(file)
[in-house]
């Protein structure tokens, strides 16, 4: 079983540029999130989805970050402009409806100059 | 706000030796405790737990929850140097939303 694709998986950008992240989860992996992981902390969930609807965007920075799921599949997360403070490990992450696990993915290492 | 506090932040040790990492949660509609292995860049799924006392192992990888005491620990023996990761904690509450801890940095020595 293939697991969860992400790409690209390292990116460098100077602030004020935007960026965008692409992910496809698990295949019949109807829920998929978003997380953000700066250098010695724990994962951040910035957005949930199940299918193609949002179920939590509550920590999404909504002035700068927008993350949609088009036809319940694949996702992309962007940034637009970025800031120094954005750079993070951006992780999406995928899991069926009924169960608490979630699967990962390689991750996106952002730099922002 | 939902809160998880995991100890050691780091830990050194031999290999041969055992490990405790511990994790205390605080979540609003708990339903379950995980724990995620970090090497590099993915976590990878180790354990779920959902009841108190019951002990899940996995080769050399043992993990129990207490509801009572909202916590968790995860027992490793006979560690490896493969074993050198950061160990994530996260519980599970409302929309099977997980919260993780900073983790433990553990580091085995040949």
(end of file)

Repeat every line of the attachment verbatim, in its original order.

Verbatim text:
[in-house]
């Protein structure tokens, strides 16, 4: 079983540029999130989805970050402009409806100059 | 706000030796405790737990929850140097939303 694709998986950008992240989860992996992981902390969930609807965007920075799921599949997360403070490990992450696990993915290492 | 506090932040040790990492949660509609292995860049799924006392192992990888005491620990023996990761904690509450801890940095020595 293939697991969860992400790409690209390292990116460098100077602030004020935007960026965008692409992910496809698990295949019949109807829920998929978003997380953000700066250098010695724990994962951040910035957005949930199940299918193609949002179920939590509550920590999404909504002035700068927008993350949609088009036809319940694949996702992309962007940034637009970025800031120094954005750079993070951006992780999406995928899991069926009924169960608490979630699967990962390689991750996106952002730099922002 | 939902809160998880995991100890050691780091830990050194031999290999041969055992490990405790511990994790205390605080979540609003708990339903379950995980724990995620970090090497590099993915976590990878180790354990779920959902009841108190019951002990899940996995080769050399043992993990129990207490509801009572909202916590968790995860027992490793006979560690490896493969074993050198950061160990994530996260519980599970409302929309099977997980919260993780900073983790433990553990580091085995040949």